Whether you want to be inspired for places to discover on your next cruise, or are looking for books to pack for your next adventure, travel writer Ben Gibson picks his Top 5 reads that you should have in your bag…
Notes from a Small Island, Bill Bryson
Written as a ‘goodbye’ to Britain before moving back to his native United States, Bryson’s famous book covers his final road trip around our own isles. Conducted using only public transport and visiting everywhere from John O’Groats to the West Country, he reveals the charms, history and wonders of our own country – things that are all too easy to overlook.
Captain Corelli’s Mandolin, Louis de Bernières
Set during the early days of World War II, this prizewinning tale is a love triangle between the beautiful Pelagia and her two suitors: guerrilla Mandras or the charming, mandolin-playing Captain Corelli. Much of the action is set on Kefalonia, a stunning Greek island which is always a popular stop off on Saga’s cruises.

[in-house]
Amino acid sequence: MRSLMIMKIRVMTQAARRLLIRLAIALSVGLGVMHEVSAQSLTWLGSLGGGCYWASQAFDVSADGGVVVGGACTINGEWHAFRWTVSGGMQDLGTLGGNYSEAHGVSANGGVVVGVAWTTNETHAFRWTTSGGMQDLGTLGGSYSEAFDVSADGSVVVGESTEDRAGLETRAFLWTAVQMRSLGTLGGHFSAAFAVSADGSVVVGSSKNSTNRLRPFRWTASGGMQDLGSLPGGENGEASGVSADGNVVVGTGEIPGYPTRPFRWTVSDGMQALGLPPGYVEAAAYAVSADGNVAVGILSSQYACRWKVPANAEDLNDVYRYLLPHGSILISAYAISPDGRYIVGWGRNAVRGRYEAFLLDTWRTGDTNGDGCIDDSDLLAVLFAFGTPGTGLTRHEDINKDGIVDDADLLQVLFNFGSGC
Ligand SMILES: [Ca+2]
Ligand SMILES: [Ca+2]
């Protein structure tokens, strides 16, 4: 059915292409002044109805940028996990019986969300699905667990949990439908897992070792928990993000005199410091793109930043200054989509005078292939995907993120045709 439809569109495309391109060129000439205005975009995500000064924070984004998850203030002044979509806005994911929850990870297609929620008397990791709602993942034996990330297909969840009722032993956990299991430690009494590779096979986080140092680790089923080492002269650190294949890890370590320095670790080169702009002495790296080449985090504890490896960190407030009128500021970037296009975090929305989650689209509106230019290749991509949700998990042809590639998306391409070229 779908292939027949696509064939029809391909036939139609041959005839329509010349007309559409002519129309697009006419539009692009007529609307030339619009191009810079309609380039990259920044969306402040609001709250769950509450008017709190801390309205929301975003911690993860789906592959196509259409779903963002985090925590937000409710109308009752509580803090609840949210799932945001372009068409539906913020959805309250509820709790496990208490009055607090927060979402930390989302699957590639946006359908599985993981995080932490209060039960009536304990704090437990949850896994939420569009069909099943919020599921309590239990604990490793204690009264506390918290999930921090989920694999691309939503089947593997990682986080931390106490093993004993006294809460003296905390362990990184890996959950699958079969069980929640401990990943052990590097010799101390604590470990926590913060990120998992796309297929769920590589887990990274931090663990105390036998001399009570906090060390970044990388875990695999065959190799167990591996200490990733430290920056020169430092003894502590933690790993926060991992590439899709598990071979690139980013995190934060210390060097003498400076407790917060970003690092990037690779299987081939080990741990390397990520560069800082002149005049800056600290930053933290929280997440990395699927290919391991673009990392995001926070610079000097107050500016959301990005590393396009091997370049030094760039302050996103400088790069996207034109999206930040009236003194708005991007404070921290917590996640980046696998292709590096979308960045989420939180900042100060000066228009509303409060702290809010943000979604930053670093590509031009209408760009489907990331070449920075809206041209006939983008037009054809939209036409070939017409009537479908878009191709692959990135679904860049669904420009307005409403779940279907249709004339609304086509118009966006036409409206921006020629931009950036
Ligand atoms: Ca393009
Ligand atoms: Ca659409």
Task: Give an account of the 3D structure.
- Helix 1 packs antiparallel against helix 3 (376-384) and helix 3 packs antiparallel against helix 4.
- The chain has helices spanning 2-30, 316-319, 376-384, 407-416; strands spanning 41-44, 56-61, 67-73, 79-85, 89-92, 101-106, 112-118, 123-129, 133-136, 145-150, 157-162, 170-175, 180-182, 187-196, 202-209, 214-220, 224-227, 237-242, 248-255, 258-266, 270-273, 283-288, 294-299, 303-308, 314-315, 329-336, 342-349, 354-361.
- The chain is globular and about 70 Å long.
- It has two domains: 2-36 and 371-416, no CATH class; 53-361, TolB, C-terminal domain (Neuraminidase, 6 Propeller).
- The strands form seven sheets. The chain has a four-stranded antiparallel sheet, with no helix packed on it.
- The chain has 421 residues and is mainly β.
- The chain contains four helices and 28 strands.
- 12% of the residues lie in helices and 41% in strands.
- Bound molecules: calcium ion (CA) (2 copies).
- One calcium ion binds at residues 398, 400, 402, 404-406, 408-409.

Growth of the Soil, Knut Hamsun
This epic book chronicles the lives of country folk at the turn of the 20th century in rural Norway. It created an international sensation upon publication and led to the author’s 1920 Nobel Prize in Literature. Rich in nostalgia and symbolism, it is worth reading, even today, for it’s evocation of the challenging fjordland landscapes that have seemingly unchanged for a century.
In Patagonia, Bruce Chatwin
If you’re booked onto Saga Pearl II’s South American Discovery cruise, you really won’t want to miss this cult book. With 97 chapters – although some no longer than a paragraph – it offers snapshots of this breathtaking destination, building to a substantial whole of eccentric characters, colonial history and the unique ‘pampa’ landscapes.
Anna Karenina, Leo Tolstoy
Widely regarded as a pinnacle in realist fiction, Tolstoy’s masterpiece subtlety evokes the romance and passion brooding behind the iconic architecture of St Petersburg and Moscow in the 19th century. The book has enjoyed something of a renaissance in recent years, with Time magazine recently calling it “the greatest novel ever written”.